1. I was a freshman in college.  There was a girl on my soccer team who was not afraid of what people said about her, I really admired that because all through high school I felt like I kind of let people walk all over me; I wasn’t a push over, I still knew when to say no.  But this teammate of mine in college just had this no-nonsense confidence that I wanted.  I remember talking to her about it one night and she said to me, “Kristen, people can be mad at you for telling the truth to them, but they can’t hate you.”  So I took that mindset.  Granted I had to tame it over the years…
  2. Fast forward three years to my senior year in college. I was student-teaching.  I was up at the front and of the classroom and this class would just not be quiet.  It started to get to me.  I became so over-whelmed by these fifteen year olds that I started tearing up, I ended up setting the marker down and walking out of the classroom and I went to the bathroom and cried.  My cooperating teacher let me sink.  And I’m actually thankful for that.  She came to find me later on and we talked about what happened and how I could’ve handled it, and should handle it in the future.  I’m grateful for that conversation.  That was the moment when I told myself I will never let another teenager make me cry ever again.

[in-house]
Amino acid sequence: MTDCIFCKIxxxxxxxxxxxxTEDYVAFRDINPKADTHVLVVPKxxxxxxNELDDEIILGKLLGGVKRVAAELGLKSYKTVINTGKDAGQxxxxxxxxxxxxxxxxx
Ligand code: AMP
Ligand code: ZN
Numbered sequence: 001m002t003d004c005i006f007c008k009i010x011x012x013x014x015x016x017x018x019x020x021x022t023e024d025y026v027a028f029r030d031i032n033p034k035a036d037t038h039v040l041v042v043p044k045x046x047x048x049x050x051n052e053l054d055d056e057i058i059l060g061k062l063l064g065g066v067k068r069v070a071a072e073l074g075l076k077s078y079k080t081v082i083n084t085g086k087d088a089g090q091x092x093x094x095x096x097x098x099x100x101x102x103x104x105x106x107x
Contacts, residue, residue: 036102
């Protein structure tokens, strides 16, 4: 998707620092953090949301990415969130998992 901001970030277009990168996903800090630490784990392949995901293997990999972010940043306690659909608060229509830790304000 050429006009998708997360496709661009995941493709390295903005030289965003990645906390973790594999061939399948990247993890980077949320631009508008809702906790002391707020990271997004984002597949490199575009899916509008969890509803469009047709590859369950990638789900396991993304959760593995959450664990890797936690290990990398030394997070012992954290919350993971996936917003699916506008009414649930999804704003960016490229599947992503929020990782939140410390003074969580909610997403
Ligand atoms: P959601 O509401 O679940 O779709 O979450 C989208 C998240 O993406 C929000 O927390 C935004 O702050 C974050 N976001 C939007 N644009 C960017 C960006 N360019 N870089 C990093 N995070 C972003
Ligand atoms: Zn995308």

3. A couple weeks later, same class, I saw a girl writing a note.  I told her to give it to me and she wouldn’t.  I escorted her to the office.  While I was out, her friend (the one she was writing the note to) spit in my bottle of Pepsi… and I had no idea.  Until after class.  A student came up to me and told me.

These moments definitely shaped part of why I am the way I am to this day. It makes me more aware that people go through things in their lives that mold them into who they are. That’s something that crosses my mind on a regular basis in the classroom: